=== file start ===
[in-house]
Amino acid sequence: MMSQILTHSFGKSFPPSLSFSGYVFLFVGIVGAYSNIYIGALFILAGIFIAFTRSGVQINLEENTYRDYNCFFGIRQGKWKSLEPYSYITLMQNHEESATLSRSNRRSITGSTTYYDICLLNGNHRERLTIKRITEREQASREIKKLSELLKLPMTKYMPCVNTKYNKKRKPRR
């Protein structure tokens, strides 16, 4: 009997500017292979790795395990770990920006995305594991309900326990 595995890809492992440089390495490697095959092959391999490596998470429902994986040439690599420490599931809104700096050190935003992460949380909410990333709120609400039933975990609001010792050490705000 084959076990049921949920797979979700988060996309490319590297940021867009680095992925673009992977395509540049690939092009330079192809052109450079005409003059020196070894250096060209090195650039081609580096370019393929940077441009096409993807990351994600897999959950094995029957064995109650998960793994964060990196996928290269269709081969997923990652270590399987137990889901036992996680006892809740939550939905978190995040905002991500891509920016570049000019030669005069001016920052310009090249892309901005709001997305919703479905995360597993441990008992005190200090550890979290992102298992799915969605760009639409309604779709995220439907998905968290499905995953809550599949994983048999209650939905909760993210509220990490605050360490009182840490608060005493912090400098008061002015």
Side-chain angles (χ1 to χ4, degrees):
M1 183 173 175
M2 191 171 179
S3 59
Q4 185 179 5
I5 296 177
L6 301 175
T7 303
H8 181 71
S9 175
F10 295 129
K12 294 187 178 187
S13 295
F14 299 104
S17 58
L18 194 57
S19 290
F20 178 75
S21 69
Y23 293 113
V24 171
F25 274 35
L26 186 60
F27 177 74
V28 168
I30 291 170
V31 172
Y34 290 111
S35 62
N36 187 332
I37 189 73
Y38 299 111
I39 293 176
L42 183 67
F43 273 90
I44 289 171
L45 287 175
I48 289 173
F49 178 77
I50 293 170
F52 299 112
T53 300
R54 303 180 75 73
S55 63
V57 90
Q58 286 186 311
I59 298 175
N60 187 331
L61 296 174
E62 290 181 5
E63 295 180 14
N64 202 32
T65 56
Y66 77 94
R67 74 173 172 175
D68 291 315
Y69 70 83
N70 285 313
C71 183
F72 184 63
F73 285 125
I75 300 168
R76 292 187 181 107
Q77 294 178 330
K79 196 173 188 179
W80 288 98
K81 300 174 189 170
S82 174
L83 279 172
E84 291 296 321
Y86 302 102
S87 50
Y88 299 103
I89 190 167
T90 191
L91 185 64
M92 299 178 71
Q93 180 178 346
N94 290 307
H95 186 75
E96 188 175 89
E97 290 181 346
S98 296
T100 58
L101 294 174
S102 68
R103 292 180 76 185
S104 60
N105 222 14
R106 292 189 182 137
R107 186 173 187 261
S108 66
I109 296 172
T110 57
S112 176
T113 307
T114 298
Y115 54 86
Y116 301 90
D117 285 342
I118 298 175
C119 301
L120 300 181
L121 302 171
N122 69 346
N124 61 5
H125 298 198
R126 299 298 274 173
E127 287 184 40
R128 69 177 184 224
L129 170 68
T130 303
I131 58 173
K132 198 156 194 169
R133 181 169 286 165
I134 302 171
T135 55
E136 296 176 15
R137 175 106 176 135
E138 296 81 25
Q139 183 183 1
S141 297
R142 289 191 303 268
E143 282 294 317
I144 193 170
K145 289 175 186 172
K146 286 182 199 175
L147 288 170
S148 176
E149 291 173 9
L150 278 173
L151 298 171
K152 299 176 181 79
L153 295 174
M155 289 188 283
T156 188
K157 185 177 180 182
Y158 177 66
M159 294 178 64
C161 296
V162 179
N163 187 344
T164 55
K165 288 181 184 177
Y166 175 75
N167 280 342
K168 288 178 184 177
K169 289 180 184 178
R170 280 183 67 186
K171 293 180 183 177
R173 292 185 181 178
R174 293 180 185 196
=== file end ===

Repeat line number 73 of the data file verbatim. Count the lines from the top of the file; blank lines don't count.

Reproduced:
E84 291 296 321